Fall Herd Considerations
Fall herd management tips for increased profitability.
Fall brings cooler weather and plenty of management considerations to prepare for profitability.
Profitability of cow-calf operations is largely determined by cow reproductive performance. Calf-crop percentage and average weaning weight are primary factors influencing both total income and cost of production. Consequently, the goal for most herds is to have a high percentage of cows wean a calf and for most of those calves to be born early in the calving season.
Nutrition plays a key role in herd reproductive performance. A low level of nutrition before calving can lengthen the interval from calving to first estrus and reduce the percentage of cows cycling early in the breeding season. A low level of nutrition after calving can reduce the overall pregnancy rate by reducing the total number of cows that cycle and by reducing the likelihood of pregnancy among cycling cows. Good nutrition before and after calving is essential to good reproductive performance.
Use body condition as a management tool. Body condition is a simple and effective way to monitor the nutritional status of the herd. Within the herd, cow nutrient requirements vary according to age, weight, stage of pregnancy and milking ability. Cow body condition reflects how well the available feeds and feeding practices are meeting those needs, and can be a good tool to help manage feeding and grazing programs to achieve good reproductive performance.
Manage cows to calve in good condition. Body condition at calving is the key. Cows that calve in good condition give birth to healthier calves, who have a better chance of survival. They also tend to produce more milk and wean heavier calves. Additionally, cows calving in good body condition are more likely to rebreed early and remain a productive part of the herd.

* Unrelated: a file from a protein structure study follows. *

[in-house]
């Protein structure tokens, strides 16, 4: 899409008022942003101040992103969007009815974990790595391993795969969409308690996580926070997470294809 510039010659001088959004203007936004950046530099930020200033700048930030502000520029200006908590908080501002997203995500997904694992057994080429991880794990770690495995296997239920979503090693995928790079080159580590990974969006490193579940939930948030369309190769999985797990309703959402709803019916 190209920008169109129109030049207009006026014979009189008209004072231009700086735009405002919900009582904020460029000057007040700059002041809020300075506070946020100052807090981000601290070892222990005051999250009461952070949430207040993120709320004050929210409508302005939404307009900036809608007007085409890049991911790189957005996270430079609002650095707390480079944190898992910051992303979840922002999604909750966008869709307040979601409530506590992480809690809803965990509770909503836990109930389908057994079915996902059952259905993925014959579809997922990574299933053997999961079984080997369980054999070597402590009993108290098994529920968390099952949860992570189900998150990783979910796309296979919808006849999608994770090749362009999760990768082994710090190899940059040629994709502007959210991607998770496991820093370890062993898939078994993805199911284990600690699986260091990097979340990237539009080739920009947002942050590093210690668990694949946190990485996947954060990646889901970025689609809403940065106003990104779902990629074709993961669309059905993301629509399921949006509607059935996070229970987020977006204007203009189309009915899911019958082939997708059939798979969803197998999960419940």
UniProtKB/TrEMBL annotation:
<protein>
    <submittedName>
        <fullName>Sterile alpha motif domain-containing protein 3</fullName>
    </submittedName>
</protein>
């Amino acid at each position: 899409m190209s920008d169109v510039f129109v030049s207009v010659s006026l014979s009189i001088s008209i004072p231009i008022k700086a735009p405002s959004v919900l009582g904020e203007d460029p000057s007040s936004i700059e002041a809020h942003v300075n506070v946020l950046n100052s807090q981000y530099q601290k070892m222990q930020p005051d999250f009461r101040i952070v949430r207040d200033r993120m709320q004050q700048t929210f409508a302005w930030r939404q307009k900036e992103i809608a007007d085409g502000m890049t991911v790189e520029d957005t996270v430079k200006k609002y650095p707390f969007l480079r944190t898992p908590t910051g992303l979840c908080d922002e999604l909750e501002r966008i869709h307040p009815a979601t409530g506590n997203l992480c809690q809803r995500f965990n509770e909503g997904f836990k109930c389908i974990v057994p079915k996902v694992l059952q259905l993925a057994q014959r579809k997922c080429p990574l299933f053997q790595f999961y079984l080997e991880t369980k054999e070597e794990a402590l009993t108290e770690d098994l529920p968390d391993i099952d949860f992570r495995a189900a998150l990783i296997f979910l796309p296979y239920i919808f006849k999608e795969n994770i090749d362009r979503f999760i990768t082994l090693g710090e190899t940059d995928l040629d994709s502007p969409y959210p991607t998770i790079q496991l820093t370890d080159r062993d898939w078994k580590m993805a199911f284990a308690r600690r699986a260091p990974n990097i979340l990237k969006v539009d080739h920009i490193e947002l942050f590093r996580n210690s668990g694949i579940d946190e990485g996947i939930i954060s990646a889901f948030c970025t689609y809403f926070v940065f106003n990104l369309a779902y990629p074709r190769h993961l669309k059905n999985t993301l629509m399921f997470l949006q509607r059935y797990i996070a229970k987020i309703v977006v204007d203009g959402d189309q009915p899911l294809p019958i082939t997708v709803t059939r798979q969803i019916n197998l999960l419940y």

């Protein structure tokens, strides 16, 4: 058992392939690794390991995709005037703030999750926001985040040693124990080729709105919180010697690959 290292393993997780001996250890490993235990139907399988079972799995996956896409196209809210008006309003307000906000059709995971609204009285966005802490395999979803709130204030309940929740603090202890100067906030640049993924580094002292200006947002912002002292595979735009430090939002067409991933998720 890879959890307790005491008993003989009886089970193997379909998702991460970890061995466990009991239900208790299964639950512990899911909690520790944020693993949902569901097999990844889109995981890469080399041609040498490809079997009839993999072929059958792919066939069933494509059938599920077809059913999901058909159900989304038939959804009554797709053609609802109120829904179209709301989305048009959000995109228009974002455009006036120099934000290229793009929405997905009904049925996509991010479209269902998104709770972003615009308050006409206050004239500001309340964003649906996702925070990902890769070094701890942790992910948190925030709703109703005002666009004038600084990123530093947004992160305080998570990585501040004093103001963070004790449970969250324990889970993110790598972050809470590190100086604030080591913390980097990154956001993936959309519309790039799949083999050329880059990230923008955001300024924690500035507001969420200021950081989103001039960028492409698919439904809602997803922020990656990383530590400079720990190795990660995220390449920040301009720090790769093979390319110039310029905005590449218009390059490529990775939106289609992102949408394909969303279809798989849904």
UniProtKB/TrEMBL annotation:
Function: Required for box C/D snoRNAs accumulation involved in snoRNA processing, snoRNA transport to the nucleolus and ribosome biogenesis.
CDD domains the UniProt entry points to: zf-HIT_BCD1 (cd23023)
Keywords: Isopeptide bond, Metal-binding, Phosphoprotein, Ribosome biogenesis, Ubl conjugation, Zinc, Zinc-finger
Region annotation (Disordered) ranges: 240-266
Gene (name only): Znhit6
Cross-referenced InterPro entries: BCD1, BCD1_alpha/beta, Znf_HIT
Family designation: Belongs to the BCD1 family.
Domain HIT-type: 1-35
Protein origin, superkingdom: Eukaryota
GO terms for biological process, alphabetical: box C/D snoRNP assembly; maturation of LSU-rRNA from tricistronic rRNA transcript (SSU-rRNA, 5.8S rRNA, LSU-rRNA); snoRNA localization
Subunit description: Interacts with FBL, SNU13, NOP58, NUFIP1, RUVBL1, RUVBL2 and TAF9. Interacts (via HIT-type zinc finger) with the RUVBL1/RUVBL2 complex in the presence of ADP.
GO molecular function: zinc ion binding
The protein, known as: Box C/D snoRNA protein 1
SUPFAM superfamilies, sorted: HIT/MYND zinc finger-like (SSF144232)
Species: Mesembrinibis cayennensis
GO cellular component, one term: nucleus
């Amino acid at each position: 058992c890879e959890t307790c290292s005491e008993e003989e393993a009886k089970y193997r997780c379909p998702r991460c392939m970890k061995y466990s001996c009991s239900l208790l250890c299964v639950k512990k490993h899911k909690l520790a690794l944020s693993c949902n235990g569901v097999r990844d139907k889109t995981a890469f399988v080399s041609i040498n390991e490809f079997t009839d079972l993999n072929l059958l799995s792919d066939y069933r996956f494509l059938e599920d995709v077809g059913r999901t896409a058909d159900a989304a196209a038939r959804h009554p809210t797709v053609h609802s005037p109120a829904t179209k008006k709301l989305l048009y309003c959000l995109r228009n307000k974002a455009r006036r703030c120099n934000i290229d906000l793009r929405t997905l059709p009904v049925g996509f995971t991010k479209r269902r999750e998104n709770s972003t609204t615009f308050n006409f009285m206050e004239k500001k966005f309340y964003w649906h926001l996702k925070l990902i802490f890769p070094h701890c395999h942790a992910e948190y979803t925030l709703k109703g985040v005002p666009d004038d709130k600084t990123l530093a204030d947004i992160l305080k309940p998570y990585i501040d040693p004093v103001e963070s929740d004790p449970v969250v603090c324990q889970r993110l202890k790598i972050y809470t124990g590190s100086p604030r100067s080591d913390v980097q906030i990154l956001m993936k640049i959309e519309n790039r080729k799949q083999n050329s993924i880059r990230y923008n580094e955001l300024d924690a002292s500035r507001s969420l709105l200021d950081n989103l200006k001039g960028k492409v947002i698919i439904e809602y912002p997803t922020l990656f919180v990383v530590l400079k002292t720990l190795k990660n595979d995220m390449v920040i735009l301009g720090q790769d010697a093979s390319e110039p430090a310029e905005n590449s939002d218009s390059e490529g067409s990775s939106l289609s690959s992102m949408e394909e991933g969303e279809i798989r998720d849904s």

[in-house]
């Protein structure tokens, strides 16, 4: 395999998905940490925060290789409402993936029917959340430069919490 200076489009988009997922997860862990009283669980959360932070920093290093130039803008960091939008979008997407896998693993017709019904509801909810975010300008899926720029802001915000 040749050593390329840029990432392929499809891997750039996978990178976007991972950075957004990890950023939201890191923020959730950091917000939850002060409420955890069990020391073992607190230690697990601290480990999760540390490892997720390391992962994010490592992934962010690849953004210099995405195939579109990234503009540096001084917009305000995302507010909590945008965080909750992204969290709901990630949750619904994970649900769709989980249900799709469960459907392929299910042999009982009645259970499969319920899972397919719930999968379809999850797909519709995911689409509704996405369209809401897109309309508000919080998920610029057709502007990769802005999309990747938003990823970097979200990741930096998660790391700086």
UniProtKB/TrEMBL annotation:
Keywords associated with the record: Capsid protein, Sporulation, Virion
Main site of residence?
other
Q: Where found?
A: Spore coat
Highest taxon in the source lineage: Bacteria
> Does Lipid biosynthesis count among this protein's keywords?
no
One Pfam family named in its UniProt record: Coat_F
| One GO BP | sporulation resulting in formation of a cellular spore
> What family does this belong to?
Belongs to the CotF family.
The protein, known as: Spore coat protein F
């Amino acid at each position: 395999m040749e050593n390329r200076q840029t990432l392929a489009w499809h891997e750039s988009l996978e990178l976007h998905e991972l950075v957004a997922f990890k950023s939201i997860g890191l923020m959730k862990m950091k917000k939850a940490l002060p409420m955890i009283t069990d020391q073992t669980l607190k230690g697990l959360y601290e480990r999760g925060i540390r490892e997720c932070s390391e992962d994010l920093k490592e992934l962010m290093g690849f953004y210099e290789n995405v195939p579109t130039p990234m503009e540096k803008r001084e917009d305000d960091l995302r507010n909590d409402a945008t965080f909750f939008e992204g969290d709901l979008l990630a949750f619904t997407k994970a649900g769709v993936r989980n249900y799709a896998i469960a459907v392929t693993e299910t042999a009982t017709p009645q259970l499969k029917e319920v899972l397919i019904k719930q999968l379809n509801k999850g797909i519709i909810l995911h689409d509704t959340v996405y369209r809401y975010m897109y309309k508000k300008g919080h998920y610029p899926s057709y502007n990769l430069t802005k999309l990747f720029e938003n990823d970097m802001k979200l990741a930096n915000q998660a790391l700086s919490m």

Cows should go into winter in good condition. Winter is not a good time to try to build body condition. Nutrient requirements for pregnancy and cold stress are high, and young cows have additional requirements for growth. Most winter feeds cannot meet these requirements while simultaneously building body condition. Consequently, cows that enter winter in good condition have a better chance of calving in good condition.
Fall is the best time to build body condition, for several reasons. Cow nutrient requirements are relatively low. Cows are in the early stages of pregnancy, producing little or no milk, and the weather is mild. Abundant and relatively inexpensive fall forages are available for grazing. Mature native ranges, improved pastures, meadow regrowth, cornstalks, grain stubble and straw can all be good sources of energy. If properly supplemented to increase their digestibility and intake, these forages can exceed the modest nutrient requirements of dry cows in the fall and help build body reserves. When supplements are self-fed, they can also help improve distribution of cattle in the pasture, improve diet selection, increase grazing time and consequently increase total nutrient intake.
Fall supplements are especially helpful to first-calf heifers. These young cows are still growing and are generally having a tough time competing with older cows in the herd. Mineral and protein supplements can really help young cows make good use of fall forages and gain body condition. Proper fall management of young females helps protect the two-year investment that has already been made in developing these replacements and helps ensure that they will remain a productive part of the herd.
Profitability in a cow-calf program largely depends on herd reproductive performance. Nutrition plays a key role. Cows should be managed to calve in good body condition. Fall is the best and easiest time to condition cows for calving. Mineral and protein supplements can help cows — especially young cows — make good use of a variety of fall forages and crop aftermath.
Editor’s note: Richard Whitman is a beef nutritionist with Hubbard Feeds. Photo by Shauna Rose Hermel.